Voters swarm to election in Routt County
Routt County midterm voters
How Routt County voted in statewide races and ballot issues
United State Senator
Mark Udall 53.9%, 5,582 votes
Cory Gardner 41.2%, 4,101 votes
U.S. Congress District 3
Scott Tipton 50%, 4,817 votes
Abel Tapia 44.5%, 4.287 votes
Bob Beauprez/Jill Repella 38.5%, 3,843 votes
John Hickenlooper/Joe Garcia 57.9%, 5,779 votes
Secretary of State
Joe Neguse 51%, 4,774 votes
Wayne Williams 42.1%, 3,936 votes
Walker Stapleton 44.9%, 4,183 votes
Betsy Markey 50.2%, 4,676 votes
Don Quick 47.2%, 4,376 votes
Cynthia Coffman 47%, 4,352 votes
State Board of Education, District 3
Henry C. Roman 50.6%, 4,411 votes
Marcia Neal 49.4%, 4,302 votes
Proposition 104: Board of Education open meetings
Yes 65.1%, 6,207 votes
No 34.7%, 3,322 votes
Proposition 105: GMO labeling
Yes 40.1%, 3,963 votes
No 59.9%, 5,929 votes
Amendment 67: Personhood
Yes 22.6%, 2,203 votes
No 77.4%, 7,544 votes
Amendment 68: Racetrack gambling
Yes 26%, 2,203 votes
No 74%, 7,295
Steamboat Springs — The 2014 election was (almost) entirely mail in, and by the time Election Day dawned, nearly 75 percent of the 10,581 voters who would vote had made their choices and submitted their ballots.
Still, the morning and afternoon were busy with a steady stream filing into the Voter Service and Polling Center in Steamboat Springs, reporting lost ballots or ballots that never arrived in the mail.
None of that fazed Kay Weinland, Routt County clerk of 20 years.
“It went very smooth,” she said. “We had an awesome turnout, which I always love.”
This miderm election likely drew more Routt County voters than any such midterm election ever has.
The 10,581 votes counted Tuesday night were down from the 13,420 in 2012, a year bolstered by a presidential election. It was up compared to the 9,090 who cast ballots in 2010 and up compared to the 8,000 who voted in 2006 and the 7,650 who voted in 2002.
In 2002, the county voted heavily for Republicans in three major races.
Plenty has changed in Routt County, however, and this year, it continued a trend of heavily supporting Democrats, 53 to 41 percent in the U.S. Senate race between Mark Udall and Cory Gardner, 61 to 33 percent behind John Hickenlooper for governor and 56 to 41 percent to keep Diane Mitsch Bush as the local District 26 representative in the Colorado House.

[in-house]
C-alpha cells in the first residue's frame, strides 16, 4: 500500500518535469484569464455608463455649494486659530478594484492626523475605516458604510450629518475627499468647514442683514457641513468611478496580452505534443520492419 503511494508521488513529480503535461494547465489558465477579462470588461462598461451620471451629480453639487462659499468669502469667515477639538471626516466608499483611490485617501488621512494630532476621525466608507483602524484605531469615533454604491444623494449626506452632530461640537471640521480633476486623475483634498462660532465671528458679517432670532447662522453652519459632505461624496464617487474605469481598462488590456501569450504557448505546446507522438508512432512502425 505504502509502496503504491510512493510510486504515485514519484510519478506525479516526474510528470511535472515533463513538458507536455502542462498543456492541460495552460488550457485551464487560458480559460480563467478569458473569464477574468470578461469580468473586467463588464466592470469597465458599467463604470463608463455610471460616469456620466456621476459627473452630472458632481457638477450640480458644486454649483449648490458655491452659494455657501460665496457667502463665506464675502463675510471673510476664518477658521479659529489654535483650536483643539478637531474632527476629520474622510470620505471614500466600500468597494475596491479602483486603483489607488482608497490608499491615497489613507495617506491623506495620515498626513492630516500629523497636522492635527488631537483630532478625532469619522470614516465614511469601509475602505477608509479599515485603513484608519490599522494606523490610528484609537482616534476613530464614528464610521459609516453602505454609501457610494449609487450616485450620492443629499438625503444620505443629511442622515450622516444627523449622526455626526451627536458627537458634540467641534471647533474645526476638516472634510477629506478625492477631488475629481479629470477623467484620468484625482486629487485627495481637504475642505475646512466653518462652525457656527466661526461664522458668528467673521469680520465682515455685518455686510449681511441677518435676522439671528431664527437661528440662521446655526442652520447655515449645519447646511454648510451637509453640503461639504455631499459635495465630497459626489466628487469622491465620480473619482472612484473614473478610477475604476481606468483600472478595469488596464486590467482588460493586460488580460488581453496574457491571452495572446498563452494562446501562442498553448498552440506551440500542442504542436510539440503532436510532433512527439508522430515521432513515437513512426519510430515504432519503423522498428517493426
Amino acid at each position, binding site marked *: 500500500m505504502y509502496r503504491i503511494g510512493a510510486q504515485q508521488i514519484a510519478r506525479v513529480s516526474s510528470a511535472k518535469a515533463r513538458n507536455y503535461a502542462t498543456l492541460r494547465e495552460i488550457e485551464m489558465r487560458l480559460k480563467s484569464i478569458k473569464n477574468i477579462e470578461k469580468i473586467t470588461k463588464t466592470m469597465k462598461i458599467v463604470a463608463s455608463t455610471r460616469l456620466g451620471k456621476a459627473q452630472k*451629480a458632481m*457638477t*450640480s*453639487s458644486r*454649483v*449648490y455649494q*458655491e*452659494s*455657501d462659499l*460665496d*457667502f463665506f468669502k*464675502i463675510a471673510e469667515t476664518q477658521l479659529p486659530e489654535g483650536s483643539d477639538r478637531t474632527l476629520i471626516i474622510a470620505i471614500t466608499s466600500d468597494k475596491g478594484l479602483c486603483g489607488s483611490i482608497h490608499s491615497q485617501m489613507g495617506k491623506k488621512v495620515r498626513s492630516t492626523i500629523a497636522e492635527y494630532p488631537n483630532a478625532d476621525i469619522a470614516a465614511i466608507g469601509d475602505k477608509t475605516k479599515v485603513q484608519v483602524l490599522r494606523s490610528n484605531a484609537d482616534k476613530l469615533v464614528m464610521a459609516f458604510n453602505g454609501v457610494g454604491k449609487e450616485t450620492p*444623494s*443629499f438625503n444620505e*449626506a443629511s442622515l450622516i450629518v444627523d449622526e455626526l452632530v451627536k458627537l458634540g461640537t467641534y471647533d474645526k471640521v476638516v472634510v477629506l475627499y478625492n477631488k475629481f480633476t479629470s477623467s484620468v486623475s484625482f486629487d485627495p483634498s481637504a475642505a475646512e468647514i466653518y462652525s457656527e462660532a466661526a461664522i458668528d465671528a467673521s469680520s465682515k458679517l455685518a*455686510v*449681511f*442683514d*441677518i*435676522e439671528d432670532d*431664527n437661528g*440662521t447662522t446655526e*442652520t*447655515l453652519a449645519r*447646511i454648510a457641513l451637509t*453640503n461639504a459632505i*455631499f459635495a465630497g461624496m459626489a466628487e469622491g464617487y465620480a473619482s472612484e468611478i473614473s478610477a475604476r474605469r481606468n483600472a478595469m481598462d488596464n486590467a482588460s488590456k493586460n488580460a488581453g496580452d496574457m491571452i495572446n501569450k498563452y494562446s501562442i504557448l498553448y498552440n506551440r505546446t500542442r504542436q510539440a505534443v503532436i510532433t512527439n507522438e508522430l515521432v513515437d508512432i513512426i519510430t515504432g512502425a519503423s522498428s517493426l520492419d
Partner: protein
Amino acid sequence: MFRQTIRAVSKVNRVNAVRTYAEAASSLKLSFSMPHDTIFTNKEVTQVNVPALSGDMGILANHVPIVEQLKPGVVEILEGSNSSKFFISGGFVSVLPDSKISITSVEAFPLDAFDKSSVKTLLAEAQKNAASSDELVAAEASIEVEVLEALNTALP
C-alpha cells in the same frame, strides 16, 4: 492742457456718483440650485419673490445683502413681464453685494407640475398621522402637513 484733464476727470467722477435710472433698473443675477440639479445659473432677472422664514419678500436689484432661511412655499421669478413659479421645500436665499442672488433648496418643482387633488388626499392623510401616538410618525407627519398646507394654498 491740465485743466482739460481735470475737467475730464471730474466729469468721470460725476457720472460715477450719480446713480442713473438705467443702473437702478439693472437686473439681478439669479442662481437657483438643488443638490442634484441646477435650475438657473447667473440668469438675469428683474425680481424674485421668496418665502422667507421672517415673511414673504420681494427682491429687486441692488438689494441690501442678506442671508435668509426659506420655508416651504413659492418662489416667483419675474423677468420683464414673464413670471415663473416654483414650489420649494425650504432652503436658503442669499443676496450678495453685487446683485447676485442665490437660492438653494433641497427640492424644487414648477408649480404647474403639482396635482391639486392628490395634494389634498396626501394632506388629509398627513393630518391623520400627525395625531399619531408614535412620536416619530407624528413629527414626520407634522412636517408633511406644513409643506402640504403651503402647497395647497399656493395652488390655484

There was one larger race that went against that tide — the fight for Colorado’s 3rd District for the U.S. House, as Republican incumbent Scott Tipton carried Routt for the first time in three tries.
There were also smaller races that went Republican, including Brita Horn for county treasurer and Rob Ryg for county coroner.
Weinland said none of those results meant a lot to her, at least not as the hours ticked away Tuesday night.
On Tuesday, it was about getting the work done.
Workers traded stories as they went into the night.
One year, a man showed up at 7:03 p.m. and was angry that he wasn’t allowed to vote.
Another year, the cops had to be called in a similar situation.
About 1 percent of ballots come in without a signature. The voter is notified by mail and has eight days to rectify the problem, but most never do.
One person a few elections ago, apparently with a bit too much old mail sitting around the house, submitted a ballot for the previous year’s election.
It was not counted.
Tuesday was a Steamboat election. With 30 minutes remaining before the 7 p.m. deadline, a cyclist glided up to the outside dropbox to deposit one vote. Two voters strolled in to vote 15 minutes ahead of the deadline with a dog at their side.
At 6:53 p.m., one of the final voters, panting, rushed through the door, and as the final moments ticked away — everything suddenly quiet and peaceful — election staffers debated whether they should lock up when their cellphones or their computers said 7 p.m.
The day’s final vote went to “computer.”
The fun wasn’t over. It took four more hours of tabulating for the county to publish its preliminary results, and work — potentially critical work, as at least one race is incredibly close — awaits Wednesday.
Weinland is retiring, and this was her final election. At 10:32 p.m., it was over.
“It’s bittersweet,” she said. “I’m relieved, but I have a lump in my throat.”
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